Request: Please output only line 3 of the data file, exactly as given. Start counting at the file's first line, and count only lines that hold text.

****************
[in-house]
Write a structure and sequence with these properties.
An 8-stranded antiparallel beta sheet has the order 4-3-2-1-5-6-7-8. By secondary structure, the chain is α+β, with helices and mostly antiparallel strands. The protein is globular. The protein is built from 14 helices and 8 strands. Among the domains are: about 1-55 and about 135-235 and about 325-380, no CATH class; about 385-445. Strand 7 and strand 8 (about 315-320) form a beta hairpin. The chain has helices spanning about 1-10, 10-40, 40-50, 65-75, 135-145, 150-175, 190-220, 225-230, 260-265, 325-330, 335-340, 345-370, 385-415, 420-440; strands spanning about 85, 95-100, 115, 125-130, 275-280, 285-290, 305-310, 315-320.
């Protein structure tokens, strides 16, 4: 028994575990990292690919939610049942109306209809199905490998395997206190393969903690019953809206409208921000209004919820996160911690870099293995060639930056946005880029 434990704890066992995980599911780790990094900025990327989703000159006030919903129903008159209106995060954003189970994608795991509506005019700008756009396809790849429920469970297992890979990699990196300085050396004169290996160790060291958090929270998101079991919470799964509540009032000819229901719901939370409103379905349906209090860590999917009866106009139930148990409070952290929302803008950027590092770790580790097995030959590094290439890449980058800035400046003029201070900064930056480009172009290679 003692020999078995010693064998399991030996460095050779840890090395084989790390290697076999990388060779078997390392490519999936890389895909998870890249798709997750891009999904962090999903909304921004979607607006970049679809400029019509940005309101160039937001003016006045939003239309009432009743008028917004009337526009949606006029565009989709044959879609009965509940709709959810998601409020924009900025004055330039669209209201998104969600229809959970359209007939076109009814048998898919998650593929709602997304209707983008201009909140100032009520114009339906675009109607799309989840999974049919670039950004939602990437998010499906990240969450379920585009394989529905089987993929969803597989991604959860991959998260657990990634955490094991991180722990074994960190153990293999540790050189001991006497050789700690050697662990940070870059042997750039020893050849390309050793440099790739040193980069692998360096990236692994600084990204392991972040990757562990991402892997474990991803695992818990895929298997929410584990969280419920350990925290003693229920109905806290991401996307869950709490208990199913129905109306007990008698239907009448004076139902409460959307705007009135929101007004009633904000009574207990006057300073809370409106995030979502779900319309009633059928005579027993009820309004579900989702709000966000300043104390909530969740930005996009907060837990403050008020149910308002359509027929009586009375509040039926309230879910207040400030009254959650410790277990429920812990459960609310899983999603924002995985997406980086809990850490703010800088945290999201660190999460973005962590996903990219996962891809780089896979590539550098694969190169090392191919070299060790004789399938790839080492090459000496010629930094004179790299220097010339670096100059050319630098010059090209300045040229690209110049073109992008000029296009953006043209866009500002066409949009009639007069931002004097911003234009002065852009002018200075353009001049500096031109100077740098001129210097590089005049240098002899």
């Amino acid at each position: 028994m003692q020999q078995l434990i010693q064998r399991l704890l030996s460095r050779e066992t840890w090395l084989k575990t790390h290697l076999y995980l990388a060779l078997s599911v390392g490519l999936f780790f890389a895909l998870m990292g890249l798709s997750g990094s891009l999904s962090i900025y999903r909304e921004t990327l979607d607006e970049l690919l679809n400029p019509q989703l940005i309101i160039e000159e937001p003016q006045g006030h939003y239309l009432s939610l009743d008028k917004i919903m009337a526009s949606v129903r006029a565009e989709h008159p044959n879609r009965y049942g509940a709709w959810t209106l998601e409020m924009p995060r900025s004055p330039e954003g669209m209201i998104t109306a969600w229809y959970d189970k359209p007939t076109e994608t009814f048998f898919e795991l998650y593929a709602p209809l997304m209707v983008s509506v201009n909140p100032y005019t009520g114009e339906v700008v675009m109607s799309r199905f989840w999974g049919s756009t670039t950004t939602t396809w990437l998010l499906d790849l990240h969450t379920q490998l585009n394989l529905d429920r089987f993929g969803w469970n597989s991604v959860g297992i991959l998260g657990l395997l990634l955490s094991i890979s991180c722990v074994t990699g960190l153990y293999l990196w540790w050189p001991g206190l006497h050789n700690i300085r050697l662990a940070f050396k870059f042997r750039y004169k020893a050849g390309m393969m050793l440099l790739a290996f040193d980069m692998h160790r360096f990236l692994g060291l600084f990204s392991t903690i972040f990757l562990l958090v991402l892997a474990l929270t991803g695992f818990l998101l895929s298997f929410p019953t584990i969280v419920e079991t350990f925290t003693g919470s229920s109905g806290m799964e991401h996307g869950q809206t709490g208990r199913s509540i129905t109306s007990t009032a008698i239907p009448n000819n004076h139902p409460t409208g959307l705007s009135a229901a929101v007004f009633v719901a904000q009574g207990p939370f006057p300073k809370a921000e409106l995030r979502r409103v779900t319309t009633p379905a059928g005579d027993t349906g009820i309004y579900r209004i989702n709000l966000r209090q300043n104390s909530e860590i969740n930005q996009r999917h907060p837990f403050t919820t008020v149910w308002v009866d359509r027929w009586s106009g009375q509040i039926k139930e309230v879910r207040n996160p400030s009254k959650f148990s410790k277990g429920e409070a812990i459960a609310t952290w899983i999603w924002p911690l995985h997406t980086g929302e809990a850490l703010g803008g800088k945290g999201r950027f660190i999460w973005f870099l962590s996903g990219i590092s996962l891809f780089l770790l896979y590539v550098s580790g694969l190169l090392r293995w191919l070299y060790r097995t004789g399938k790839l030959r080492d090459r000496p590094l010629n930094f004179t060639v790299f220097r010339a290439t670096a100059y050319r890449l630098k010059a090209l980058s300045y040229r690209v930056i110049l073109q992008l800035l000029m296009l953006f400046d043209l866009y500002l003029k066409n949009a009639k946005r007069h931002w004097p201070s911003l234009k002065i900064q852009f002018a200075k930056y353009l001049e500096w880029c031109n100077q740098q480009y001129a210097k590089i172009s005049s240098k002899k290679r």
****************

An 8-stranded antiparallel beta sheet has the order 4-3-2-1-5-6-7-8. By secondary structure, the chain is α+β, with helices and mostly antiparallel strands. The protein is globular. The protein is built from 14 helices and 8 strands. Among the domains are: about 1-55 and about 135-235 and about 325-380, no CATH class; about 385-445. Strand 7 and strand 8 (about 315-320) form a beta hairpin. The chain has helices spanning about 1-10, 10-40, 40-50, 65-75, 135-145, 150-175, 190-220, 225-230, 260-265, 325-330, 335-340, 345-370, 385-415, 420-440; strands spanning about 85, 95-100, 115, 125-130, 275-280, 285-290, 305-310, 315-320.